Read moreNew Poll Finds Only 17% of Those in Texas Support the Status Quo on Marijuana

Constitutional Amendment to Legalize Cannabis Filed in Texas

A Texas bill to make legal cannabis a constitutional right has been filed in the state’s legislature.

Constitutional AmendmentState Representative Donna Howard filed HJR 46 late last week. The measure is a “constitutional amendment directing the legislature to authorize and regulate the possession, cultivation, and sale of cannabis.”

The proposal joins several other measures that have been filed in the state that would either decriminalize cannabis or greatly reduced the charges associated with it, though HJR 46 is the only one that would actually make cannabis legal.

Read moreConstitutional Amendment to Legalize Cannabis Filed in Texas

Texas Lawmaker Files Bill to Legalize Medical Cannabis

Bill to Legalize Medical CannabisTexas State Senator Jose Menendez has filed legislation that would legalize medical cannabis, including a system of licensed dispensaries.

“Doctors, not politicians, should be determining what is best for Texas patients,” says Senator Menéndez. “This is legitimate medicine that can help a of variety people, from the grandmother suffering from cancer to the veteran coping with PTSD after returning home from war.”

Under the proposed law, those with a recommendation from a physician would be allowed to possess and use medical cannabis. A regulated system of dispensaries and cultivation centers would be authorized to provide patients with a means of safe access to their medicine.

Read moreTexas Lawmaker Files Bill to Legalize Medical Cannabis

First Time Possession of Cannabis Now Decriminalized in Texas’ Most Populous County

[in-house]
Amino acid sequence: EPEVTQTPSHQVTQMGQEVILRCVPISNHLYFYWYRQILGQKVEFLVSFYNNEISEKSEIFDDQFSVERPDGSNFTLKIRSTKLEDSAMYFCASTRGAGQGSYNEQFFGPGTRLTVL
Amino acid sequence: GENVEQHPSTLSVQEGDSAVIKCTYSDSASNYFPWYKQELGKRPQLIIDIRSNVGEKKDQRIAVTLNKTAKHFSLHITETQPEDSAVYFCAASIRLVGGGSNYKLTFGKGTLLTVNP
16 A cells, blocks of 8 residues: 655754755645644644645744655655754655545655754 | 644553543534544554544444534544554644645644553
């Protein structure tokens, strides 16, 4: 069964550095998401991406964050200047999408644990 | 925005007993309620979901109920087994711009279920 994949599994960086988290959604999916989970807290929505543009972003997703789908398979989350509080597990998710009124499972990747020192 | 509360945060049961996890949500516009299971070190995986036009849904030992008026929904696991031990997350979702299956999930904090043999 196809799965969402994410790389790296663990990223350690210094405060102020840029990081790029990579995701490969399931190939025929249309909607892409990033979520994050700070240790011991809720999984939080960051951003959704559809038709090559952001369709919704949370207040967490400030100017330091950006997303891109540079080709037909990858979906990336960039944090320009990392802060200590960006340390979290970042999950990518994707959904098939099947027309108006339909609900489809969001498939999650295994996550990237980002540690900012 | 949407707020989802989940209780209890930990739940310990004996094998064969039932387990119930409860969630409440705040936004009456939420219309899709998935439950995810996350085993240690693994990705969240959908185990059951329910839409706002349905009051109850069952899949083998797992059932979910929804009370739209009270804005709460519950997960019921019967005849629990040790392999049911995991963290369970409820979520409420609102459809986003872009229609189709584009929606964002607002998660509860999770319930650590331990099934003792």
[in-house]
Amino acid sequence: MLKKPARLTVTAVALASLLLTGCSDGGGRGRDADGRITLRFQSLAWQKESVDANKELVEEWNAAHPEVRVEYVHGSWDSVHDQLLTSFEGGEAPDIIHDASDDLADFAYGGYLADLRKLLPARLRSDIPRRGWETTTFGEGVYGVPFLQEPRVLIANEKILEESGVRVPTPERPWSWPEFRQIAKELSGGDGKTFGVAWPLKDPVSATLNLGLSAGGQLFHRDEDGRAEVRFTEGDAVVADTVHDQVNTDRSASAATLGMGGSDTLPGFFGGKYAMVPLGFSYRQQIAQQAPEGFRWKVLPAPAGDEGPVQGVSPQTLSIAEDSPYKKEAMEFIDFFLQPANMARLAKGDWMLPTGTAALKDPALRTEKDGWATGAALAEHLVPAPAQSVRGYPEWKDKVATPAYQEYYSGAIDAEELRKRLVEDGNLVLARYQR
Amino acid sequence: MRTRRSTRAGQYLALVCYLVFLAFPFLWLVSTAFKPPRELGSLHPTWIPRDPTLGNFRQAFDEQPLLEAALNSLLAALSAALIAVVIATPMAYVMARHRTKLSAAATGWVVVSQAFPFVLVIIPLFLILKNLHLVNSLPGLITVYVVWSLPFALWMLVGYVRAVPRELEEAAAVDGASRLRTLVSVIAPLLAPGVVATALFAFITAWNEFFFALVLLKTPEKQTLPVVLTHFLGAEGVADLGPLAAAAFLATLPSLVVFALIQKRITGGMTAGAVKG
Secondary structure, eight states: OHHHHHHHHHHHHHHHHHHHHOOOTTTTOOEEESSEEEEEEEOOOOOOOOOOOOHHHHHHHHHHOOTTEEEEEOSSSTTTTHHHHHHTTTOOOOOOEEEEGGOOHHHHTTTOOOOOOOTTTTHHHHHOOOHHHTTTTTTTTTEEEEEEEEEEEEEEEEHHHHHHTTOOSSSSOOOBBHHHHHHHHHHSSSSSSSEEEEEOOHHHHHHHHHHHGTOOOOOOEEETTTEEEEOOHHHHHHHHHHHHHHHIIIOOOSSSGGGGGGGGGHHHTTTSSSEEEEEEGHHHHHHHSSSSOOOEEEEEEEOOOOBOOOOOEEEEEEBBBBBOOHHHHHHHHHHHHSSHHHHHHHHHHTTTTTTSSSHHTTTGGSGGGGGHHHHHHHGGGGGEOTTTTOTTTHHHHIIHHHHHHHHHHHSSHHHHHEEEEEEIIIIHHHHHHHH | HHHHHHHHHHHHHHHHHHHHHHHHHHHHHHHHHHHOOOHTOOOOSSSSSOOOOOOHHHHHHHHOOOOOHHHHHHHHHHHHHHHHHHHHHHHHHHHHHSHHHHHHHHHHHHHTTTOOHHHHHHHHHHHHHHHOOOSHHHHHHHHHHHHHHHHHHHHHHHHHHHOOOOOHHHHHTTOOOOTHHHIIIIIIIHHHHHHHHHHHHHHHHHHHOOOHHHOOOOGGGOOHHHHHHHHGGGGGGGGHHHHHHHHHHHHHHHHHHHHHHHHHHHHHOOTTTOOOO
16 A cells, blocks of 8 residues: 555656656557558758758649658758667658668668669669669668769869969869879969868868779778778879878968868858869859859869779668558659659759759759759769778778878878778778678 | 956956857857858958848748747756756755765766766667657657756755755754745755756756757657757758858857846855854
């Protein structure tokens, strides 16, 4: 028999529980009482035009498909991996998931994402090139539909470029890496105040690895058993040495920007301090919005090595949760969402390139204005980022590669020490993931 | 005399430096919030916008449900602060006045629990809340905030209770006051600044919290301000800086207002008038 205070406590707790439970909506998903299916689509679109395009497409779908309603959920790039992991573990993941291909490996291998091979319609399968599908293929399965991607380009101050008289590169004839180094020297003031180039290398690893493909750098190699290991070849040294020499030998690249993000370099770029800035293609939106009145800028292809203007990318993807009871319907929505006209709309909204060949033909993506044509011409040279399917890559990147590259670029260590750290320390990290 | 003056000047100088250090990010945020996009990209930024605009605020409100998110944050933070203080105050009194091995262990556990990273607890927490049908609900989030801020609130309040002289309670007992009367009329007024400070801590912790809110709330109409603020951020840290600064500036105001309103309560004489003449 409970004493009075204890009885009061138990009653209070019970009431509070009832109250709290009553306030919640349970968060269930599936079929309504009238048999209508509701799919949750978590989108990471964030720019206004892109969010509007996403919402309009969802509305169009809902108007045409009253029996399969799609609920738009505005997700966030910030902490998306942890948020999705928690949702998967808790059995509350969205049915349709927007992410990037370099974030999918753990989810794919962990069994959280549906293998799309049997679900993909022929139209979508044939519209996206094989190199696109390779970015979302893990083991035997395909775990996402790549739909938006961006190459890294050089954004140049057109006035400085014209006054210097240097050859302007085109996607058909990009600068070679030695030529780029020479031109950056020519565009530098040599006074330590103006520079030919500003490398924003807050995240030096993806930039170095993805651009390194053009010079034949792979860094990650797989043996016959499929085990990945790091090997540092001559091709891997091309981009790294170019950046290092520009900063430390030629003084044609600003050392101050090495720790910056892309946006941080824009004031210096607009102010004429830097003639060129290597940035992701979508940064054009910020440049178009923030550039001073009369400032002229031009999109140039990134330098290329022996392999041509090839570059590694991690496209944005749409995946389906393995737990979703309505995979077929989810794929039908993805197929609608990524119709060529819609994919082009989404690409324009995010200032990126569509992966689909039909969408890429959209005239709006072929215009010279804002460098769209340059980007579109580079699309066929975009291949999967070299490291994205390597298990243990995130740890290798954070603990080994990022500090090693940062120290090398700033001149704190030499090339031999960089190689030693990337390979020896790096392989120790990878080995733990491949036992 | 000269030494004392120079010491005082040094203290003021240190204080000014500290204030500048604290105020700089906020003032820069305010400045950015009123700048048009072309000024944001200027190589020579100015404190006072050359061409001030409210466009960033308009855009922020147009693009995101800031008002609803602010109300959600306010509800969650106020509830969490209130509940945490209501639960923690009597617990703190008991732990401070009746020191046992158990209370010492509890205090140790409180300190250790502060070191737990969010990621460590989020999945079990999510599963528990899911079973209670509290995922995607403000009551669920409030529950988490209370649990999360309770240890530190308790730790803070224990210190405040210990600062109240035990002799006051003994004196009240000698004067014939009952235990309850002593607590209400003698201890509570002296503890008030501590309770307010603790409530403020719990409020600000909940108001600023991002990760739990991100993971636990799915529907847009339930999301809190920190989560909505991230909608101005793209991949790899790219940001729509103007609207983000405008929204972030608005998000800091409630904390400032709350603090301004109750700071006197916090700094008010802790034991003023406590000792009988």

bud2Harris County, Texas has a population greater than 24 states in the U.S., with over 4 million people. As of today, January 1st, those in the county caught possessing up to two ounces of cannabis for the first time will no longer be arrested and charged with a misdemeanor punishable by up to six months in prison. Instead, they’ll be given a citation and mandated to attend a diversion program.

The new policy, titled the First Chance Intervention Program, was put forth by Harris County District Attorney Devon Anderson. Although those caught possessing cannabis for the 2nd time will still be charged with a misdemeanor, Anderson says that the law is expected to be expanded in the future to include all cannabis offenses of two ounces or less.

Read moreFirst Time Possession of Cannabis Now Decriminalized in Texas’ Most Populous County

Cannabis Decrim Law Takes Effect in Texas’ Most Populous County on Friday

jointBeginning Friday, January 1st, the first-time possession of up to two ounces of cannabis will no longer result in an arrest and criminal charge in Harris County, the most populous county in Texas. Harris County is the third most populous county in the entire United States.

The new policy was put forth by Harris County District Attorney Devon Anderson, who is calling it the First Chance Intervention Program. Under this program, those caught possessing up to two ounces of cannabis will no longer be arrested, charged with a criminal offense and imprisoned for up to six months. Instead, they’ll be given a citation and mandated to attend a diversion program.

Read moreCannabis Decrim Law Takes Effect in Texas’ Most Populous County on Friday

Dallas Police Chief Admits Ending Incarceration for Cannabis Possession Is “just so damn practical”

By Monterey Bud, Marijuana.com

Dallas Texas: Chief of Police Admits Tickets Over Incarceration Is “Just so Damn Practical”
Dallas Police Chief David Brown.

The Dallas City Council and local Police Chief are pondering the cultivation of a much-needed pilot program – similar to the cite and release program scheduled to roll out in the Houston area on January 1, 2016 – Dallas police would instead issue citations to individuals busted with a small amount of cannabis.

Currently in the soaked and saturated state of Texas, getting caught in possession of 2 ounces or less of marijuana is punishable by up to 180 days in jail and a fine of $2000. Despite these overtly severe penalties, Police Chief David Brown claims to be conflicted over the idea of giving his police force the green light to write tickets in lieu of throwing people in jail, simply for getting caught with their personal stash.

Read moreDallas Police Chief Admits Ending Incarceration for Cannabis Possession Is “just so damn practical”